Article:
Faculty members who are new to College join a small cohort under the leadership of a pair of faculty mentors. These mentors coordinate group and individual meetings, class observations, and programming for faculty members who are new to our community. Current cohort leaders are Steve Ceccoli, Jonathan Fitzgerald, Loretta Jackson-Hayes, Han Li, Katie White, and Betsy Sanders.
Faculty Orientation and Development Calendar – Fall 2018
- August 13-14 New Faculty Orientation
- 9 a.m. to 4 p.m. at Language Center
- August 16 – Information Services Orientation for New Faculty
- 9:00-10:00 a.m. – Information Services: What You Need to Know
- 10:00 a.m. – Coffee Break
- 10:30-11:30 a.m. – Moodle Basics (optional)
- 1:00-3:00 p.m. – Information Services Drop-In Session (optional)
- August 23 – New Faculty Workshop and Reception
- 5:00 p.m. – Discussion of Mentoring Map and Introduction of Cohort Leaders (Mentors)
- 6:00 p.m. – Introduction of Day Teaching Award Winners and “Observe a Class Program”
- September 7 – Historic Memphis Bus Tour, followed by Dinner at Loflin Yard
- 5:00 p.m. – Board Bus (Phillips Lane Gate)
- 6:15 p.m. – Arrive at Loflin Yard, 7 W. Carolina Avenue
- 7:45 p.m. – Return to Rhodes campus
- September 27 – Reception with Second-Year Faculty
- 6:00 p.m. at Wilson Room Patio
- November – Reception with Provost Moreland
- Date and time TBA
Faculty Cohort Leaders
Dr. Steve Ceccoli, P.K. Seidman Professor of Political Economy, has been teaching international relations, comparative politics, and political economy courses in the Department of International Studies since 1998 and regularly leads a summer study program for Rhodes students in Tianjin, China. He’s interested in studying public opinion across countries as well as how different governments regulate citizen behavior. As an APSA Congressional Fellow and following the publication of his book, Pill Politics, he served on the staff of U.S. Senator Blanche Lincoln for a year where he assisted on health policy issues. In 2005, he received the Clarence Day Award for Outstanding Teaching and was the recipient of the Jameson Jones Award for Outstanding Faculty Service in 2010. He has recently been interested in how citizens perceive the use of drones in modern warfare. His wife finds his study of this advanced technology ironic, since he is typically quite slow in adapting to the latest cell phone, social media and mobile pay technologies.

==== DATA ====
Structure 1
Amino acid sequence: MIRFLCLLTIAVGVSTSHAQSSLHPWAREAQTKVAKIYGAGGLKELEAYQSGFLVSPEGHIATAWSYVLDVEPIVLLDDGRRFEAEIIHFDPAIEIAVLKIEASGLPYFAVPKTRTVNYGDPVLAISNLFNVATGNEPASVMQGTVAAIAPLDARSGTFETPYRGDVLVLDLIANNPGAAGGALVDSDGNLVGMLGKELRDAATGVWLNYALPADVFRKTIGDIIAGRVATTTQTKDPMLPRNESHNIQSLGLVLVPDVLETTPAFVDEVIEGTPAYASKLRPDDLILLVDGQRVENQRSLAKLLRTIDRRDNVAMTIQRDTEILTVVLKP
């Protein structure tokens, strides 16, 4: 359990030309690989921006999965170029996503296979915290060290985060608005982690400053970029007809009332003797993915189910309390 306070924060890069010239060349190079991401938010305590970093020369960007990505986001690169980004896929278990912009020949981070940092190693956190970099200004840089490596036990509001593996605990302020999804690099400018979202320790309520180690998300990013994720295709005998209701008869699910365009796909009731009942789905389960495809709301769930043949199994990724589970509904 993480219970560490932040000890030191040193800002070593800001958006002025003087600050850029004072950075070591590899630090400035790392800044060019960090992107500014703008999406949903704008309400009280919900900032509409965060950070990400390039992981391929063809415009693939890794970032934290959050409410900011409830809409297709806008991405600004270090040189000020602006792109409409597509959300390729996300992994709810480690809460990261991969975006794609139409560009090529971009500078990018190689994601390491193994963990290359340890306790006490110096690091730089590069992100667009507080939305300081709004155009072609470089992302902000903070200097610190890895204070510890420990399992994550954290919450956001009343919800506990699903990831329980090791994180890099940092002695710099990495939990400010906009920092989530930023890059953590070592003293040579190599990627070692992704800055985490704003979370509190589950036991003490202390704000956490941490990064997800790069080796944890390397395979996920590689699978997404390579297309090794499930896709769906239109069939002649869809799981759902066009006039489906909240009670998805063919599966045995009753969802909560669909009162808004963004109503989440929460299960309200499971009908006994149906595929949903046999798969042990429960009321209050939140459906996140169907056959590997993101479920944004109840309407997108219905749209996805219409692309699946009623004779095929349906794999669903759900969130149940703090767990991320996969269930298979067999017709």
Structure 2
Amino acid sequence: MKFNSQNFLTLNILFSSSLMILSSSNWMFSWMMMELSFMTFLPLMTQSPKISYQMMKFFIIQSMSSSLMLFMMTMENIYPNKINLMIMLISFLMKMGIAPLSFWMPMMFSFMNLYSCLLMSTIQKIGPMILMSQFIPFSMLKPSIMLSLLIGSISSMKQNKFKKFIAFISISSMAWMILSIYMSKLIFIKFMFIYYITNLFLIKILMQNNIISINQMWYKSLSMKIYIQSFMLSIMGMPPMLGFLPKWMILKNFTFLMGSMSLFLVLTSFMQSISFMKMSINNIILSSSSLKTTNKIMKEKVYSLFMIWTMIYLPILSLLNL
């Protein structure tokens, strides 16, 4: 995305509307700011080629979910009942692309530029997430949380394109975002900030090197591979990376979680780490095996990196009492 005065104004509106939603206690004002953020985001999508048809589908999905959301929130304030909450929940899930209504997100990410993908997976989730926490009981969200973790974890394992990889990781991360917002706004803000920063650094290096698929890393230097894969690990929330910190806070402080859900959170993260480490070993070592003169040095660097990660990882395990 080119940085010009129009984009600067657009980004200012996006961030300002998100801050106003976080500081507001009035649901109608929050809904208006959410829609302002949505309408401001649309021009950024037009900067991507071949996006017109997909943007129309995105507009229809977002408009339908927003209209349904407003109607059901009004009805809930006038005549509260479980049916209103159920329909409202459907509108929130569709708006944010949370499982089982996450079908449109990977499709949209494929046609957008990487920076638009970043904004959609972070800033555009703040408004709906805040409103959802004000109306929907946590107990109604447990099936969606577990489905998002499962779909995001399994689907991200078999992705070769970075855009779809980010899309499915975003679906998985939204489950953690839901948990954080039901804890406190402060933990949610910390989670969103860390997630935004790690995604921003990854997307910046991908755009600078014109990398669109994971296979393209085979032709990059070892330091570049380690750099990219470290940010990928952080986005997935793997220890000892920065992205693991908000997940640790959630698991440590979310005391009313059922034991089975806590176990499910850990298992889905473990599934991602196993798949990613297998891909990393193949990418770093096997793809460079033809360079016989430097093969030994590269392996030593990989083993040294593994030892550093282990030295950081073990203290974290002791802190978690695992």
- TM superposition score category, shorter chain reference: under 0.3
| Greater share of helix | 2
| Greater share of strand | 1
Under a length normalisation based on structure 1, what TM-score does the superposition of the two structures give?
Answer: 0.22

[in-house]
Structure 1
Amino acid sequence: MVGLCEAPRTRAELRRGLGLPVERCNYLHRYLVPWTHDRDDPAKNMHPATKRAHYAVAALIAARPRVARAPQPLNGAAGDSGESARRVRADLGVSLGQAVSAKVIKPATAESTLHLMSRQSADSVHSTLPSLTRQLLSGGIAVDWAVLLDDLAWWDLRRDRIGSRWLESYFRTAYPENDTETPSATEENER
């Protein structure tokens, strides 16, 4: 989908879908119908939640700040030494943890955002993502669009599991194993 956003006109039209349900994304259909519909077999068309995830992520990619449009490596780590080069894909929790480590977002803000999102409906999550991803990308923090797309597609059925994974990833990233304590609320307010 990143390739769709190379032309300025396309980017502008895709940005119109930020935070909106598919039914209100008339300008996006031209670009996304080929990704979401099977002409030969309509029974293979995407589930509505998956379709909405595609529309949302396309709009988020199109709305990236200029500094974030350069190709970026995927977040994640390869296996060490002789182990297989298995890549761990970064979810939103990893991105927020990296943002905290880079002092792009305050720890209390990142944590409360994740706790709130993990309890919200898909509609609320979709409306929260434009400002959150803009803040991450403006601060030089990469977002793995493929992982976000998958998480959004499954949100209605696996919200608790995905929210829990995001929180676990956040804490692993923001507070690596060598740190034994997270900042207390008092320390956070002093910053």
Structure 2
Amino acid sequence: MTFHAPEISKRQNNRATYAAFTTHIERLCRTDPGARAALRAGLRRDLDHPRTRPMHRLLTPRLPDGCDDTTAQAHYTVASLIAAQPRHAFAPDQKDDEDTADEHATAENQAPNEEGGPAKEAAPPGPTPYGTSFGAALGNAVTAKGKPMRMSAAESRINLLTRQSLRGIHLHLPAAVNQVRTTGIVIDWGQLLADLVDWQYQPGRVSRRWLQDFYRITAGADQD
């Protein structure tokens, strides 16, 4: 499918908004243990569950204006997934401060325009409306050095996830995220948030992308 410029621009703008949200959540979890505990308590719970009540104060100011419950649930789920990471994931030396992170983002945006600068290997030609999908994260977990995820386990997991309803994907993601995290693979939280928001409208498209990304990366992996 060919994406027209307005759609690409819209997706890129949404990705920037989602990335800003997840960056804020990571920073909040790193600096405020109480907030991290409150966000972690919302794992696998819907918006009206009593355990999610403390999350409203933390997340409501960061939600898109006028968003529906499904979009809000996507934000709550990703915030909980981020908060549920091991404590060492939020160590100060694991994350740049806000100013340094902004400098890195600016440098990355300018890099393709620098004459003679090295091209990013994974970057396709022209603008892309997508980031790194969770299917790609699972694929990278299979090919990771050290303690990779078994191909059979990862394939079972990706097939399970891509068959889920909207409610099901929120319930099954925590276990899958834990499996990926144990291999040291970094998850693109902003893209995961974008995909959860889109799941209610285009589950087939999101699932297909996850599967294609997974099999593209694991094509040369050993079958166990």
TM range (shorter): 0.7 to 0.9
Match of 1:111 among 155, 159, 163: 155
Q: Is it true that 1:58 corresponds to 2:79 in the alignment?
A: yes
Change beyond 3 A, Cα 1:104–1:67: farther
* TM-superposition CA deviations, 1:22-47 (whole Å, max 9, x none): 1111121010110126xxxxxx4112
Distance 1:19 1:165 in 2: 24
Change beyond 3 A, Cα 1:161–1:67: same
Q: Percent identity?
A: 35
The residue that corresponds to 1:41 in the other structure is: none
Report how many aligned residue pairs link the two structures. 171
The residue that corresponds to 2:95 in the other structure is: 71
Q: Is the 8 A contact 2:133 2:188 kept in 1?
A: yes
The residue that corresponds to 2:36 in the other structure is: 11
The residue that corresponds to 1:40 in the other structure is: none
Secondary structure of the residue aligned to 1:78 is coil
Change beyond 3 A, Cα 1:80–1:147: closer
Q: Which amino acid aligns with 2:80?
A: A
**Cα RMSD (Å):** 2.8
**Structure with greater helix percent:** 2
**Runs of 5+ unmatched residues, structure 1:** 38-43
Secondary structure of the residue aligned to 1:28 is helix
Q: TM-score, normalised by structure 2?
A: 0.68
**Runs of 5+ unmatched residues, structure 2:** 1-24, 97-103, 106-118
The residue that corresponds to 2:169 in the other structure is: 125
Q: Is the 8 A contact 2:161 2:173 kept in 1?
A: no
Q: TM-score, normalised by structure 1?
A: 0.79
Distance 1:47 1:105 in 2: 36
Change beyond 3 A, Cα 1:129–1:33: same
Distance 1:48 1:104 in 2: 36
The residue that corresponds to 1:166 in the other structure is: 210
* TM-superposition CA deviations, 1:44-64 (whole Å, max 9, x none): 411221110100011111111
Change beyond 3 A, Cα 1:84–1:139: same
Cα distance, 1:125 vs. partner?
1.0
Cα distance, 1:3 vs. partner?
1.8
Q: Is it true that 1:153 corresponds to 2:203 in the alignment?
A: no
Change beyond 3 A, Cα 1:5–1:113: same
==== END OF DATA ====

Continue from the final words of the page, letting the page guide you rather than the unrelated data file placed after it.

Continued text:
Dr. Jonathan Fitz Gerald, Associate Professor of Biology (BS Biology, University of California at Irvine; PhD Molecular Genetics and Cell Biology, University of Chicago). It is commonly known that we get half of our DNA from our mothers and half from our fathers. But are the genes from our parents equivalent? Dr. Fitz Gerald studies the Parental Conflict Hypothesis of Genomic Imprinting (GI). Under this model, what is evolutionarily advantageous for one sex is not necessarily optimal for the other. This has led to an epigenetic “Battle of the Sexes” that is played out after fertilization in our offspring. Gene expression systems exist whereby maternal and paternal genes are differentially utilized and can even have very different roles in embryonic development. In plants, GI is responsible for seed size and thus of enormous agricultural importance. Dr. Fitz Gerald′s work focuses on the Arabidopsis gene AtFH5, important for seed development. Interestingly, after fertilization AtFH5 is expressed only from the maternal genome and the paternal gene is silenced by the mother’s Polycomb group complex, an evolutionarily conserved obstructor of gene activity. Could Polycomb be maintaining male and female identity of the parental DNA? Using a combination of molecular biology, genetics and microscopy, his aim is to understand both the role of AtFH5 in seed development and the pathways that regulate AtFH5 expression.
Dr. Fitz Gerald began his scientific career teaching Cambridge O-levels at Matshekge Hill Senior Secondary School in Bobonong, Botswana and later worked in plant genetics as a research assistant to Deborah and Brian Charlesworth in the Ecology and Evolution department of the University of Chicago. Perhaps believing that they were paying him way too much money, the Charlesworths pushed Fitz Gerald towards graduate school. After finishing his thesis on the budding yeast G1 DNA damage checkpoint in the UC Center for Molecular Oncology, Dr. Fitz Gerald returned to plant genetics. His current studies began at the Laboratoire Reproduction et Developpement des Plantes in ENS, Lyon France and were continued at the Department of Chromatin and Epigenetics in Temasek Lifesciences Laboratories, Singapore before joining the Rhodes faculty in 2007.